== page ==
Sunday, 12 July 2015

The Labour Leadership Election

Robin Pettitt discusses the Labour leadership competition.

When a party is defeated it is naturally forced to consider why it was rejected by the voters. This can lead to some serious soul searching which can send the party down new paths in search for victory.


When a party leader steps down a party will obviously have to decide who should replace them. In choosing a new leader (democratically or otherwise) the party will have to decide whether to go with someone much like the outgoing leader, or with a leader suggesting a new direction.

When a party loses both an election and a leader at the same time it faces a time where new directions may truly be taken. This is the situation that the Labour Party finds itself in after its damp squib of a result in the May General Election and Ed Miliband’s subsequent departure as party leader. The party is now in the midst of a leadership election campaign which is also doubling up as a vehicle for some serious soul searching.

The four candidates on the leadership election ballot paper show the full range of the party’s potential responses to defeat. Liz Kendall and Jeremy Corbyn represent the two extremes of the party. Liz Kendall wasted no time speaking out against what she saw as the failings of the Ed Miliband leadership. Kendall represents what one might call the Neo-New Labour wing of the party who views everything that happened after Tony Blair’s departure as a deviation from election winning common centrist sense. Corbyn on the other hand is part of the small and shrinking old style socialist left of the party. Corbyn and many of his supporters would be most comfortable with the party’s position as it was in the lead up to the 1983 election.

Whilst Kendall has significantly more support than Corbyn, neither are likely to get anywhere near the leadership. That means that the real contest is between Andy Burnham and Yvette Cooper. Andy Burnham is perceived as being the centre-left candidate in opposition to Kendall’s centre-right stance. His line is based on prosperity for everybody (which all candidates speak to so some degree), but without Kendall’s heavy focus on wealth creation and supply side solutions. It is probably fair to say that Burnham is the one to beat and seems to be the candidate who is placed closest to the middle of Labour’s bell curve.

Yvette Cooper seems to be presenting herself as the experienced ‘unity candidate’ – a leader who will not move to the left or the right, but who will seek to unite the party behind a message of, well, unity (details-to-follow-but-it-will-be-great). Labour will use a preferential voting system to elect the next leader which means that MPs, party members and affiliated union members will be asked to rank-order the candidates. This means that the second preferences of Kendall and Corbyn will likely determine the contest. The key question then is which of the two candidates can attract the most second preferences. It is possible that Cooper’s unity message will work to her advantage here.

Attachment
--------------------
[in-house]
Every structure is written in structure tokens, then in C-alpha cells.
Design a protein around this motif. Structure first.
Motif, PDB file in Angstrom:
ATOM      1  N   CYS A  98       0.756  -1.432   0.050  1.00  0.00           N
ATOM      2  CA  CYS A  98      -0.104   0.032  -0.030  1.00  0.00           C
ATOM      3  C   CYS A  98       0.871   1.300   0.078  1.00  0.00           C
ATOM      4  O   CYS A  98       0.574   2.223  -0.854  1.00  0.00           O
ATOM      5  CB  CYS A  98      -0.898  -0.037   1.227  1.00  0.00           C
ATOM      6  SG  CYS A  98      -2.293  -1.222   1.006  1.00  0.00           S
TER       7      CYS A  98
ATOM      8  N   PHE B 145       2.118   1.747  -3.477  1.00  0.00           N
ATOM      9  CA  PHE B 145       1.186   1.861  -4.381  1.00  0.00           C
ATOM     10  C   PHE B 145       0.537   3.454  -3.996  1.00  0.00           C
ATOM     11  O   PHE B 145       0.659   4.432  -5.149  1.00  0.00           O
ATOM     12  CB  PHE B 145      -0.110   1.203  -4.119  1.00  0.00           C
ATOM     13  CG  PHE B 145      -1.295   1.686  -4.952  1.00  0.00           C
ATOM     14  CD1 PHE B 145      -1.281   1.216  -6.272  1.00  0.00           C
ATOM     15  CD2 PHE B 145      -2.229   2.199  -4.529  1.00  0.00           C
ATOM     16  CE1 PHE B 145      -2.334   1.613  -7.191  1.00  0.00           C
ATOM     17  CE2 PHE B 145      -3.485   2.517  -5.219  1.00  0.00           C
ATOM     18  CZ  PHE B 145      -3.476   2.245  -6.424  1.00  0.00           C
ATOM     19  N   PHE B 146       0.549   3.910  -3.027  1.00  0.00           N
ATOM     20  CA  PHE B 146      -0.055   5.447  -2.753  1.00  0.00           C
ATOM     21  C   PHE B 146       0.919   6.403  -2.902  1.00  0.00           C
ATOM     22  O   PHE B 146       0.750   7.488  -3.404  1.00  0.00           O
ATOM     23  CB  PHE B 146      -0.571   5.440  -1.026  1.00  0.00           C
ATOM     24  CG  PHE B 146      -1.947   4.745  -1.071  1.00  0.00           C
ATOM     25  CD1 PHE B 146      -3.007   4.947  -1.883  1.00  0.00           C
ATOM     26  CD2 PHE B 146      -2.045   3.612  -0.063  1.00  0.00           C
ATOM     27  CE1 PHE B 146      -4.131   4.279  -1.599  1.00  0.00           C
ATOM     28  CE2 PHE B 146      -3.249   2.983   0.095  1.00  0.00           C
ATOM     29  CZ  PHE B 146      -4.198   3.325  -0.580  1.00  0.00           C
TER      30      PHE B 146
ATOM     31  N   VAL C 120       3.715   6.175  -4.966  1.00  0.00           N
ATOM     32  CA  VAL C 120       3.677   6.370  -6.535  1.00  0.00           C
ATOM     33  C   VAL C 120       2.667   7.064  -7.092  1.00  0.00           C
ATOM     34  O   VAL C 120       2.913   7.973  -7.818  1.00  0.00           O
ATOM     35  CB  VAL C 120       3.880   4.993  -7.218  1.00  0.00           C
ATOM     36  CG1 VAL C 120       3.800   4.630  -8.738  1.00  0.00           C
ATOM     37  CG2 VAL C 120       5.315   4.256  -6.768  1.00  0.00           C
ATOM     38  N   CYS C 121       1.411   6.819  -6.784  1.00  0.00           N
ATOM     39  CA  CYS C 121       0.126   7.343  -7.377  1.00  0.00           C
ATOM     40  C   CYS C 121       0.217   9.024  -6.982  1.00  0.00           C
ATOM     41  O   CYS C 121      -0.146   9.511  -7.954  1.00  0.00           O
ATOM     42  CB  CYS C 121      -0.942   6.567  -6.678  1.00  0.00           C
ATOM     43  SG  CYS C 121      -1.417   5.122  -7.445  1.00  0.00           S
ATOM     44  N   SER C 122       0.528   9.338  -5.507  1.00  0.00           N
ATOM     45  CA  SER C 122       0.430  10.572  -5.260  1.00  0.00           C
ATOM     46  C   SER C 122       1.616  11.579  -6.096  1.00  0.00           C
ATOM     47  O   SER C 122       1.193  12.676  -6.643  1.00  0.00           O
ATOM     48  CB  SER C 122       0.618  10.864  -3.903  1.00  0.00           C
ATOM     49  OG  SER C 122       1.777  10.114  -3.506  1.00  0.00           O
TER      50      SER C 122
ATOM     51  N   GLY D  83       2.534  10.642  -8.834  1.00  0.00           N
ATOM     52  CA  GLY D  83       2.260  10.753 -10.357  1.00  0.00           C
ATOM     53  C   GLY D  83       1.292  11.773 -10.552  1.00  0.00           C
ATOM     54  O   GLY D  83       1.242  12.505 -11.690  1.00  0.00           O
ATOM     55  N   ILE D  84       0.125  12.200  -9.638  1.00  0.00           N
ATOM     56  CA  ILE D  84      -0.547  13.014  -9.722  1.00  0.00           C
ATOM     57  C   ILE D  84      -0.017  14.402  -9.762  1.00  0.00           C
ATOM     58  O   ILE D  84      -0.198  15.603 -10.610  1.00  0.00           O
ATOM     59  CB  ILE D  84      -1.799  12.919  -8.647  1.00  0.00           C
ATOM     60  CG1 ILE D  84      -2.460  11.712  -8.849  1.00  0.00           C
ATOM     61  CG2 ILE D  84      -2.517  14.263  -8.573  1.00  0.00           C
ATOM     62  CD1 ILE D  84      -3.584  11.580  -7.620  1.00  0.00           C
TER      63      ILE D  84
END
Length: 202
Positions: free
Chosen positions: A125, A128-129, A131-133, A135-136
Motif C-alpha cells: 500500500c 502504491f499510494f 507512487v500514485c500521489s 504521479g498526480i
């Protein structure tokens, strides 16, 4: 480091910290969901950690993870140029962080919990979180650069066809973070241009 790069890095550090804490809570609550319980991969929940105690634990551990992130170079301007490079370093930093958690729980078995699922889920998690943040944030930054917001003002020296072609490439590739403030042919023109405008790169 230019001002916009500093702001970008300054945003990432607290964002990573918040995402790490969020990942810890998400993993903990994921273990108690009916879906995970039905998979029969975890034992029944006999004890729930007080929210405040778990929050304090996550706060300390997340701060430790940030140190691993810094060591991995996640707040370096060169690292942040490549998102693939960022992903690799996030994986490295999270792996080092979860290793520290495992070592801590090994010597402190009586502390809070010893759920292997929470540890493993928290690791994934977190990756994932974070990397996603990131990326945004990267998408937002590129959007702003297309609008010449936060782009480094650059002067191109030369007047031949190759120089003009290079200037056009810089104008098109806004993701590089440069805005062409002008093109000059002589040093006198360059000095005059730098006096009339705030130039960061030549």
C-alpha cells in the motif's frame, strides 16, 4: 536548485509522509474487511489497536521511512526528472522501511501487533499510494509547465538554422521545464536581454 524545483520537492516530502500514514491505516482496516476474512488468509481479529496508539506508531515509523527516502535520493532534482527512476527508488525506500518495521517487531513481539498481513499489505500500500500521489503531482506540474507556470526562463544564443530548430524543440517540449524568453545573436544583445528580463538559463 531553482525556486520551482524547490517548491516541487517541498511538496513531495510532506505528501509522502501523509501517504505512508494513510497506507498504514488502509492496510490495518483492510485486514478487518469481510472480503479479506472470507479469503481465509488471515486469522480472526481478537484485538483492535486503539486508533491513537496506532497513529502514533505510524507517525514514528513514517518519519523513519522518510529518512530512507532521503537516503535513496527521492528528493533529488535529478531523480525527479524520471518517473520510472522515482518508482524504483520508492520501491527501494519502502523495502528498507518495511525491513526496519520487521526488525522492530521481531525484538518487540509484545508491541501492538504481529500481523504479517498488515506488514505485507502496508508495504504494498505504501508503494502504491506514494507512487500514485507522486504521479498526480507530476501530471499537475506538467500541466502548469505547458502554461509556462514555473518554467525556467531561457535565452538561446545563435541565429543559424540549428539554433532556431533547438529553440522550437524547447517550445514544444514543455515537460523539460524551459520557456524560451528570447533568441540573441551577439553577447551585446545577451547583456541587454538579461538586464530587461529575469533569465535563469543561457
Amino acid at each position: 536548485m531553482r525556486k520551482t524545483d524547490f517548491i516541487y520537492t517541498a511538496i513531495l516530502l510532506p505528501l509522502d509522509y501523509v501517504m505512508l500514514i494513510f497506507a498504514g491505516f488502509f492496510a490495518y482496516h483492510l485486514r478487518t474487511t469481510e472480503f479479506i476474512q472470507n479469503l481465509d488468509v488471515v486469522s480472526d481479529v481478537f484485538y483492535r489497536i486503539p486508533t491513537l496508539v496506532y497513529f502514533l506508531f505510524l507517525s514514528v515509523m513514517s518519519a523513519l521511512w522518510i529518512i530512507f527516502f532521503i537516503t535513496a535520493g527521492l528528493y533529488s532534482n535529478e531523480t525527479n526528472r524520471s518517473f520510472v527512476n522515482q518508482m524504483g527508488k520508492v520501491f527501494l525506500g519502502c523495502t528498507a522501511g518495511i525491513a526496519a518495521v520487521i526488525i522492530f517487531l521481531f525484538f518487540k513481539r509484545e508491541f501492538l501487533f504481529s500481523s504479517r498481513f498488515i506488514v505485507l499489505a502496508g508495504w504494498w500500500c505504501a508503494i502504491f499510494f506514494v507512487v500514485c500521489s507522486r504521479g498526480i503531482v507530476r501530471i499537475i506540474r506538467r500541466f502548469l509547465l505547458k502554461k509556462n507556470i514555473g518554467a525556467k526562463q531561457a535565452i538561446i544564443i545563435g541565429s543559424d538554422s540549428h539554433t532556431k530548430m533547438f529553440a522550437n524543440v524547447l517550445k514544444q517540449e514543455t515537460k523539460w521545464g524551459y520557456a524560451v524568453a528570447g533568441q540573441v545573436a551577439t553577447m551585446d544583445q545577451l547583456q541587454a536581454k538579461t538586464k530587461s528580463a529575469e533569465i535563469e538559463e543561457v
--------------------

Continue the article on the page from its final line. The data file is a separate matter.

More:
However, in choosing any candidate for leader the party is faced with some severe challenges. The first challenge is that the reasons for Labour’s defeat are extremely complex. In other words, the party has to choose one of several answers to a question that is not at all clear. The candidates are obviously trying to push their particular version of what went wrong (which leads to them being the solution). However, these candidate driven answers to Labour’s problems are based on the personal ideological (in the broadest and, some might argue, most diluted sense of that term) positions of the candidates, rather than any firm evidence.

What is clear though is that Labour’s problems are severe. They were crushed by the SNP in Scotland. SNP offered Scottish voters a product which was both more left-wing and more specifically Scottish than Labour. Labour lost in England to a Conservative Party which was both more right-wing and more specifically English than Labour. And they lost support to UKIP which seemed to speak to a large section of voters which have felt ignored by the main parties’ relentless focus on swing voters in marginal constituencies. 

In other words, Labour was too right-wing for Scotland, too left-wing in large parts of England and too focussed on marginal seats in a political system which requires such focus to win. Trying to be Scottish and left-wing enough in Scotland; English and right-wing enough in large parts of England; and offer something to voters in Labour heartlands that they could previously take for granted, whilst also reaching out to swing voters is the challenge that faces the new leader. It seems clear that neither Corbyn nor Kendal have the requisite breadth of appeal necessary, and are thus out of the running. The open question then is which of Burnham and Cooper can bring together a leadership winning coalition. Whether either of them have the skill to face Labour’s serious challenges will only be answered at the ballot box in 2020.

Robin Pettitt is Senior Lecturer in Comparative Politics at Kingston University.

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